As COVID-19 case counts surge worldwide, executives at Moderna (NSDQ:MRNA) and Pfizer (NYSE:PFE) have voiced support for additional doses of their COVID-19 vaccines.
Moderna CEO Stéphane Bancel predicted that a fourth dose would be necessary by the fall as the protection of vaccine-induced antibodies fades.
In late December, Pfizer’s chief scientific officer Dr. Mikael Dolsten said a fourth dose could be necessary in the U.S. by spring.
Pfizer executives predicted that the COVID-19 wouldn’t become endemic across the world until 2024, according to Reuters. But, that said, the emergence of variants and global vaccination could influence the trajectory of the pandemic.
Several countries are considering moving forward with providing fourth doses of COVID-19 vaccine. Israel, Canada and Chile have already begun doling out fourth doses to some individuals. In the U.S., the State of West Virginia has asked CDC for permission to do so.
Some experts have expressed skepticism about the prospect of periodic booster doses of vaccines developed based on the original strain of the novel coronavirus.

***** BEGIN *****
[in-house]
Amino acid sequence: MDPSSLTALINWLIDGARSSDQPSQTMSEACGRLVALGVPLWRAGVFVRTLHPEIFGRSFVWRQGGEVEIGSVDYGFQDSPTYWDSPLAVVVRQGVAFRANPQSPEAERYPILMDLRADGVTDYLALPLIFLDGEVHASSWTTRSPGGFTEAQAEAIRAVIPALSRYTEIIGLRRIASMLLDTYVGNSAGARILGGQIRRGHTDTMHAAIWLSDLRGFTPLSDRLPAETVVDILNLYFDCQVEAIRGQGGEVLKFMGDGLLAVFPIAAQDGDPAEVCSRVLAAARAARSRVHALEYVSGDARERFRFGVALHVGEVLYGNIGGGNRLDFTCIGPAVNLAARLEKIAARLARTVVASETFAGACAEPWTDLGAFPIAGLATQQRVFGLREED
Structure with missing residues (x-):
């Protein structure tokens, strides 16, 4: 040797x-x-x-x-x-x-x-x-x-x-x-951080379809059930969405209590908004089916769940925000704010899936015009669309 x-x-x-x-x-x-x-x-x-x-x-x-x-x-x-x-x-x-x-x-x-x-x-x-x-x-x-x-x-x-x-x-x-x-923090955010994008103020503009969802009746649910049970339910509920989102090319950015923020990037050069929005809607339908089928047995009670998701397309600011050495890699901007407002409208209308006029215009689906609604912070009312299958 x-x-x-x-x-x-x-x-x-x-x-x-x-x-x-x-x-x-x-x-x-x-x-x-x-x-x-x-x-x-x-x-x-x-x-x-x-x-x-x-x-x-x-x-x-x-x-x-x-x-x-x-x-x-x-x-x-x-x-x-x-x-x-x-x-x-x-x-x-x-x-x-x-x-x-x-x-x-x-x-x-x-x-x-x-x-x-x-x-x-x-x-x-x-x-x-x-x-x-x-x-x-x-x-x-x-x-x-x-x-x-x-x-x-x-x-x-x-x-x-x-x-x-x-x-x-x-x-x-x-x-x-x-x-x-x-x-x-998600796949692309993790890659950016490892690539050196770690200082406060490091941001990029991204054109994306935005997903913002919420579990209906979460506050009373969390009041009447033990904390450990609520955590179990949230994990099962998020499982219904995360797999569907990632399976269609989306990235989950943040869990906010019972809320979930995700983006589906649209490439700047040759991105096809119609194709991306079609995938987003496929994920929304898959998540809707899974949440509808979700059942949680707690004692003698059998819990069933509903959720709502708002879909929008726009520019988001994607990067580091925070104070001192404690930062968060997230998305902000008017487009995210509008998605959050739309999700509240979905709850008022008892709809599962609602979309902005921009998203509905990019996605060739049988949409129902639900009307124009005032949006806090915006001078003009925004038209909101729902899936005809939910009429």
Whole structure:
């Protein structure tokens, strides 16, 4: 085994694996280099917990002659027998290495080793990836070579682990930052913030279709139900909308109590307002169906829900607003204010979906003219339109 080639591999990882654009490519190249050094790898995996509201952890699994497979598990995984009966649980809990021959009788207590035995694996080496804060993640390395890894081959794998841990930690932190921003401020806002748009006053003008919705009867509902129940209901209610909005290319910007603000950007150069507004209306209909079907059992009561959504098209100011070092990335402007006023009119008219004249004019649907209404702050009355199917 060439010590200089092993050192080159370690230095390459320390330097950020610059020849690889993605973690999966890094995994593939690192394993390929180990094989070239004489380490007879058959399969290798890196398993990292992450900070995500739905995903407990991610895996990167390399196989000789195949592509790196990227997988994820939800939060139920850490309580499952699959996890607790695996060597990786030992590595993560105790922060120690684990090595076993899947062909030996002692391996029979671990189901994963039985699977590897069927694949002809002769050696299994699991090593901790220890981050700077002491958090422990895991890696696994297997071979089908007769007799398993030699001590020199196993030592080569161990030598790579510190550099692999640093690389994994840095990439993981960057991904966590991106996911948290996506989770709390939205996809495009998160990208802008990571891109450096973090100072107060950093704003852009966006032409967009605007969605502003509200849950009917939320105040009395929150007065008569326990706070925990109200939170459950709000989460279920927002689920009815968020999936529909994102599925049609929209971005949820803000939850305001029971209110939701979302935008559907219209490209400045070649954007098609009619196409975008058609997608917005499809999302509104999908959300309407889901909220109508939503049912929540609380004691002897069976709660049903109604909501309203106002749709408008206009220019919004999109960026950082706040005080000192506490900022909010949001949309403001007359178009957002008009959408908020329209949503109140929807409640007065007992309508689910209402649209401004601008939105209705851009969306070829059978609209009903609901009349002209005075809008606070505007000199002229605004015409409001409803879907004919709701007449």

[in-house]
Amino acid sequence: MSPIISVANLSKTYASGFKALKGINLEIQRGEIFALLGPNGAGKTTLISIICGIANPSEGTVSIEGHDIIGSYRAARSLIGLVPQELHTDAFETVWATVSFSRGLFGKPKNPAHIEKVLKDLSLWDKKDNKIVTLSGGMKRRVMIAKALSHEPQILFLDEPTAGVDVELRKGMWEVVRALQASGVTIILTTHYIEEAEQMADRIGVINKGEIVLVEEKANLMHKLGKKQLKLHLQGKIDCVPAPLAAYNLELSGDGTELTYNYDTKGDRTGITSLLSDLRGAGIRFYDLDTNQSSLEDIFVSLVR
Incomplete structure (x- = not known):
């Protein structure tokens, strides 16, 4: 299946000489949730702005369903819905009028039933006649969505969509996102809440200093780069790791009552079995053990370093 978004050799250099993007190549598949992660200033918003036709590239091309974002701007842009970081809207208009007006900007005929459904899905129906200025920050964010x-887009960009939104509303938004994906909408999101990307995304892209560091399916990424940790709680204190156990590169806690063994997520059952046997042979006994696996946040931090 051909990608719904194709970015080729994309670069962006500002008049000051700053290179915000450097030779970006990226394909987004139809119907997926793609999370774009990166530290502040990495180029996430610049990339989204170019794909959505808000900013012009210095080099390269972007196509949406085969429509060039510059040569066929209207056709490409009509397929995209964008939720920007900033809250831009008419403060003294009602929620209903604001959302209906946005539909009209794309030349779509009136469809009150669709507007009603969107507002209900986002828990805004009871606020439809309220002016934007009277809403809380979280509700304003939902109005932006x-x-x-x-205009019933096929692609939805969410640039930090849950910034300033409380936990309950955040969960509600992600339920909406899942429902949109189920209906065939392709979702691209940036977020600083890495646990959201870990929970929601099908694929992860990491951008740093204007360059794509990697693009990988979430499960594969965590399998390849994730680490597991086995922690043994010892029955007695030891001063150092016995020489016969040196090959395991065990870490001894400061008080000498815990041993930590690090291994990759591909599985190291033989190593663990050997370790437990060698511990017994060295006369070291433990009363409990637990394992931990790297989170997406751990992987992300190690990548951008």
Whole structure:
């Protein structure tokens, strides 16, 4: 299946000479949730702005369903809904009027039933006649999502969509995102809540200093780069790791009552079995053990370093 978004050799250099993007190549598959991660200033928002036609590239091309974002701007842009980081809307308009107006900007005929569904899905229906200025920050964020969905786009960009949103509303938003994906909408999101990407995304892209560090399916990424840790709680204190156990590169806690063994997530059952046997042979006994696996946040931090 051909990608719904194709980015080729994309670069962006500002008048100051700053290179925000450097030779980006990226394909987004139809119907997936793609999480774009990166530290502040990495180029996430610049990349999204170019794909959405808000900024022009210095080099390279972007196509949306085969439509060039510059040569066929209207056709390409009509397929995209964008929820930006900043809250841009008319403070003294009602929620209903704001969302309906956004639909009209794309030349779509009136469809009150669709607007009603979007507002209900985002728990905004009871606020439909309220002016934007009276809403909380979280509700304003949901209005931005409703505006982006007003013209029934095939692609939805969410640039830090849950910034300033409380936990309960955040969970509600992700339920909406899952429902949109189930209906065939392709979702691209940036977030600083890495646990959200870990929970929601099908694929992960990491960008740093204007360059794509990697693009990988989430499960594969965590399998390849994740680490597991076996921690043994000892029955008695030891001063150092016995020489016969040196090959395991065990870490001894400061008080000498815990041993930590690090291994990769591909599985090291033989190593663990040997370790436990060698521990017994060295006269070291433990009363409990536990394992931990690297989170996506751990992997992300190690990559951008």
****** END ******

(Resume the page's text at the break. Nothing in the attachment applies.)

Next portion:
“It doesn’t make sense to keep boosting against a strain that’s already gone,” Ali Ellebedy, an immunologist at Washington University in St. Louis, told The New York Times. “If you are going to add one more dose after three, I would definitely wait for an omicron-based one.”
The World Health Organization has also resisted the idea of doling out perpetual doses of COVID-19 vaccines while a substantial number of people across the world remain unvaccinated.
The emergence of new variants could also fuel interest in a pan-coronavirus vaccine.
Researchers at the Walter Research Army Institute of Research, among others, are developing such a vaccine. Preclinical data from the WRAIR vaccine were recently published in Science Translational Medicine. However, the researchers have not yet tested the vaccine against the omicron variant.
Filed Under: Infectious Disease